Background HPK1, a member of the MAP4K family of protein serine/threonine kinases, is involved in regulating signal transduction cascades in cells of hematopoietic origin. Recent data from HPK1 knockout animals and kinase-inactive knock-in animals underscores the role of HPK1 in negatively regulating immune cell activation. This negative-feedback role of HPK1 combined with its restricted expression in cells of hematopoietic origin, make it a compelling drug target for enhancing anti-tumor immunity.
Methods A structure-based drug design approach was used to identify potent and selective inhibitors of HPK1. Biochemical assays, as well as primary human and mouse immune cell-based activation assays, were utilized for multiple iterations of structure-activity relationship (SAR) studies. In vivo efficacy, target engagement and pharmacodynamic data were generated using murine syngeneic tumor models.
Results A highly potent, HPK1 inhibitor was identified, that showed high selectivity against T cell-specific kinases and kinases in the MAP4K family. In vitro, HPK1 small molecule inhibition resulted in enhanced IL-2 production in primary mouse and human T cells, enhanced IL-6 and IgG production in primary human B cells, and enhanced mouse dendritic cell activation and antigen presentation capacity. Furthermore, HPK1 inhibition alleviated the immuno-suppressive effects of PGE2 on naïve human T cells and restored the proliferative capacity of exhausted human T cells. In vivo, HPK1 inhibitionHPK1 inhibition abrogated T cell receptor-stimulated phospho-SLP-76, enhanced cytokine production, and mediated robust tumor growth inhibition in a murine syngeneic tumor model.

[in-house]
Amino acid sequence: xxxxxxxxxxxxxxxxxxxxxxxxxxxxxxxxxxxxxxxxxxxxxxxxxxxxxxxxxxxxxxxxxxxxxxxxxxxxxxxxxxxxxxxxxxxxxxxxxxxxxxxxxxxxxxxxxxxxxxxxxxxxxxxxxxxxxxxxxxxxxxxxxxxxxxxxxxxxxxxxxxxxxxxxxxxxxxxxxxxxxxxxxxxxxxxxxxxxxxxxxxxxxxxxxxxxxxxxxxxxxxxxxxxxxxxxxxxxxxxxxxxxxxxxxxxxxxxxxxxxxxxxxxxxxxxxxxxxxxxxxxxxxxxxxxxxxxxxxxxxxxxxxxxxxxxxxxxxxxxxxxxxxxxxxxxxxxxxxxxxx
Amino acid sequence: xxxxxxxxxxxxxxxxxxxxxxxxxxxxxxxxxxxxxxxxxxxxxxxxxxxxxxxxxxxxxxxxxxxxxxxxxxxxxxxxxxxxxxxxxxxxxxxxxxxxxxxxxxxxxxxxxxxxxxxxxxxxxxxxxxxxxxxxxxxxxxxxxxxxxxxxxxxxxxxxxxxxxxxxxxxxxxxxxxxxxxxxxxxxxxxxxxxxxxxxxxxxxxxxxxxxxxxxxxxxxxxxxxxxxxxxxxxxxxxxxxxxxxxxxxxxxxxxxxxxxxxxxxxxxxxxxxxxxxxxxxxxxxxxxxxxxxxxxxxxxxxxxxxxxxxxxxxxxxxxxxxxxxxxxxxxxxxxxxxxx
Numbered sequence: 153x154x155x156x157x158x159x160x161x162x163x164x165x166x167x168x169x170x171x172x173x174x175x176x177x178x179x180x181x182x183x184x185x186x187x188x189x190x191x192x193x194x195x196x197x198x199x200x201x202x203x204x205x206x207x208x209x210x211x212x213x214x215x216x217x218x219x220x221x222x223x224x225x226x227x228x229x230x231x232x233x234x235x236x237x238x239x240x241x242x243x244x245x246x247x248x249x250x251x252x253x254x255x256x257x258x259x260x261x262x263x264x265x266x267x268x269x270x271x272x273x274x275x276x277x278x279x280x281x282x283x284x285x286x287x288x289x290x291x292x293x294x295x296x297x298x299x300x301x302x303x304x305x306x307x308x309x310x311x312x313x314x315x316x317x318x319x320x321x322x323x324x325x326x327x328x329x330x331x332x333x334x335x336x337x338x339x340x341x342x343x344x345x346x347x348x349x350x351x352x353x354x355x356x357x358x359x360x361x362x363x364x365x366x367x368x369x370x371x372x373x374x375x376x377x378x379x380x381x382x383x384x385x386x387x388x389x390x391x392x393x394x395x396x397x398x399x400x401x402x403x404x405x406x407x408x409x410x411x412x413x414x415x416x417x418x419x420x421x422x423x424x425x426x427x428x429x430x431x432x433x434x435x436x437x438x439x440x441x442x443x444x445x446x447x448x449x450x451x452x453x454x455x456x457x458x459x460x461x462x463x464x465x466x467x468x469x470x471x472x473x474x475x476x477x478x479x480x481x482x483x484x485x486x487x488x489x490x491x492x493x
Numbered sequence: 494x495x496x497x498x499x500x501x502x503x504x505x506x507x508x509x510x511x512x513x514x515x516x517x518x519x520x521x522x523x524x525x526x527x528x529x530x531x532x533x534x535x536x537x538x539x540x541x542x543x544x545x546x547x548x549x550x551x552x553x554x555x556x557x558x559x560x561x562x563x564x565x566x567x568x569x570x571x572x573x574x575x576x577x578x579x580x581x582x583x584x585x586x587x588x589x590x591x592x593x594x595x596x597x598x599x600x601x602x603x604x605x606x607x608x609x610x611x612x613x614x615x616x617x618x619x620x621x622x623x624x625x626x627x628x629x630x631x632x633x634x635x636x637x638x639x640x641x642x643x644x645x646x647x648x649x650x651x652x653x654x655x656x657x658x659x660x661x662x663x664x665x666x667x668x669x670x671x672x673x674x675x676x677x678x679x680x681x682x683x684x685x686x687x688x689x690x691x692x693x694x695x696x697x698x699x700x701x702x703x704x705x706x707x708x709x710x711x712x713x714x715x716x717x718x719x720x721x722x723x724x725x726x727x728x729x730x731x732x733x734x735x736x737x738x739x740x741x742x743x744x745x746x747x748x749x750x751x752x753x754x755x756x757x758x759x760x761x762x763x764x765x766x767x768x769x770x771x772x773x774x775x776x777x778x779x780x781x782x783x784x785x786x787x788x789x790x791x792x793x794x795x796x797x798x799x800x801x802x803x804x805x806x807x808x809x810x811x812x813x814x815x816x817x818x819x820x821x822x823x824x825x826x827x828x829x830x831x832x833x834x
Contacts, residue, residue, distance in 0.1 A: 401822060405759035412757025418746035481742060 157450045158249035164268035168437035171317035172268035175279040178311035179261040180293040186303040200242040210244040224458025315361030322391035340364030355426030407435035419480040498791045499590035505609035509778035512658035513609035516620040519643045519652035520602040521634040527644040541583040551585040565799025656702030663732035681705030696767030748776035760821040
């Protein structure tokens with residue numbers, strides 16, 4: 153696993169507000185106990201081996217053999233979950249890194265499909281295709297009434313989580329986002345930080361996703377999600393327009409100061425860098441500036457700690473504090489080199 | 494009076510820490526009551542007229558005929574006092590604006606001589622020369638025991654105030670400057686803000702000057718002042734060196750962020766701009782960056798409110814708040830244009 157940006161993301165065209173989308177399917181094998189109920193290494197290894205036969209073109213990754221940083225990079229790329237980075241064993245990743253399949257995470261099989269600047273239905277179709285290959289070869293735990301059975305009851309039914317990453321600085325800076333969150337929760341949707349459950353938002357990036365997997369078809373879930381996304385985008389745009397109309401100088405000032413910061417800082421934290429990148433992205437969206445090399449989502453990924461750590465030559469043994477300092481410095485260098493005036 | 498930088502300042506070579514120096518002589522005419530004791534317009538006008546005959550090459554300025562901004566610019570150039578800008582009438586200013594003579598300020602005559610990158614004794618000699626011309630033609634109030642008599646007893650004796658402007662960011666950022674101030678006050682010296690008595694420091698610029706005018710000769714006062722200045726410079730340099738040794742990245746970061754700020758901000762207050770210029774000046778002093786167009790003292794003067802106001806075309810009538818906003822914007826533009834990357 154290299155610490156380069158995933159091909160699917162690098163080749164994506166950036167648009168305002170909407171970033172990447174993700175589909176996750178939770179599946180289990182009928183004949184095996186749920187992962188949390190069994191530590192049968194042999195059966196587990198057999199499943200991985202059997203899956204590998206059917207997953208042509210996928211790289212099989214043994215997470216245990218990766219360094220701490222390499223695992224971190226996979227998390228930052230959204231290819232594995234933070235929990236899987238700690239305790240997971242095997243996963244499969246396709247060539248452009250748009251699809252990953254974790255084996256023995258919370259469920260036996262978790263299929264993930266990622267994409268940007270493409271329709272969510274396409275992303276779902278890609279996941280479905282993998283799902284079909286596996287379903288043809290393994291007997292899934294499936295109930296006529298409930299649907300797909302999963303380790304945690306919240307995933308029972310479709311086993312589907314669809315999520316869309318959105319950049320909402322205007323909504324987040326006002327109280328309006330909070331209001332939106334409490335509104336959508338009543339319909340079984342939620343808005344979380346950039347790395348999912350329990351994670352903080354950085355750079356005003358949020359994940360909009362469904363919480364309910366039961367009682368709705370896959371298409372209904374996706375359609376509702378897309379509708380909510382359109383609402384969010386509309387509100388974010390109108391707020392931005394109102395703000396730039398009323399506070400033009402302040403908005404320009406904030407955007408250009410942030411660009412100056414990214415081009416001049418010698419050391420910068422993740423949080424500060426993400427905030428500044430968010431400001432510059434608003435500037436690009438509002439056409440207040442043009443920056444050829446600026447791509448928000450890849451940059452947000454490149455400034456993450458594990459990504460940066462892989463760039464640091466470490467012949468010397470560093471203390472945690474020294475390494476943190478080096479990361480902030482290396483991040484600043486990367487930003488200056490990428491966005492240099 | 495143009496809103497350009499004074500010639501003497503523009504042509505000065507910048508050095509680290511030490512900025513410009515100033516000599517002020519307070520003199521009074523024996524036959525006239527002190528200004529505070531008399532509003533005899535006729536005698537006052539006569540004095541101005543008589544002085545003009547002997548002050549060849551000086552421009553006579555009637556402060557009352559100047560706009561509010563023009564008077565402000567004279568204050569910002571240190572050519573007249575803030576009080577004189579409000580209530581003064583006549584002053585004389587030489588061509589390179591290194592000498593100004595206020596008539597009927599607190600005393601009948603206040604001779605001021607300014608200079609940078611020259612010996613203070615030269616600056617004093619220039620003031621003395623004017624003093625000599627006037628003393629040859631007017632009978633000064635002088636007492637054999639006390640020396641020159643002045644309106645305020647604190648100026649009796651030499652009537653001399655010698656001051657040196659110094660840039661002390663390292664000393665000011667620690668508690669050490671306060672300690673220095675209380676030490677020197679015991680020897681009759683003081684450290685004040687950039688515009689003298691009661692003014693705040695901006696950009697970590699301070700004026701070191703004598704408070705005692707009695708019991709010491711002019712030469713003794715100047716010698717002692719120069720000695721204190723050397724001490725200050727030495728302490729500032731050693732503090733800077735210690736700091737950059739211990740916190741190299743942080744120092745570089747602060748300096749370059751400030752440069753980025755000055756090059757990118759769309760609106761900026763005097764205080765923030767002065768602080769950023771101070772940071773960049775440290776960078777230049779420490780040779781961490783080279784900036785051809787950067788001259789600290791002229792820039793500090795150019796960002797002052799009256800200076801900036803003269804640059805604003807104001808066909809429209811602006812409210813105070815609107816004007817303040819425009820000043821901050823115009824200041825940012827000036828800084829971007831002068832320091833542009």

Conclusions Pharmacological blockade of HPK1 kinase activity represents a novel and potentially valuable immunomodulatory approach for anti-tumor immunity.
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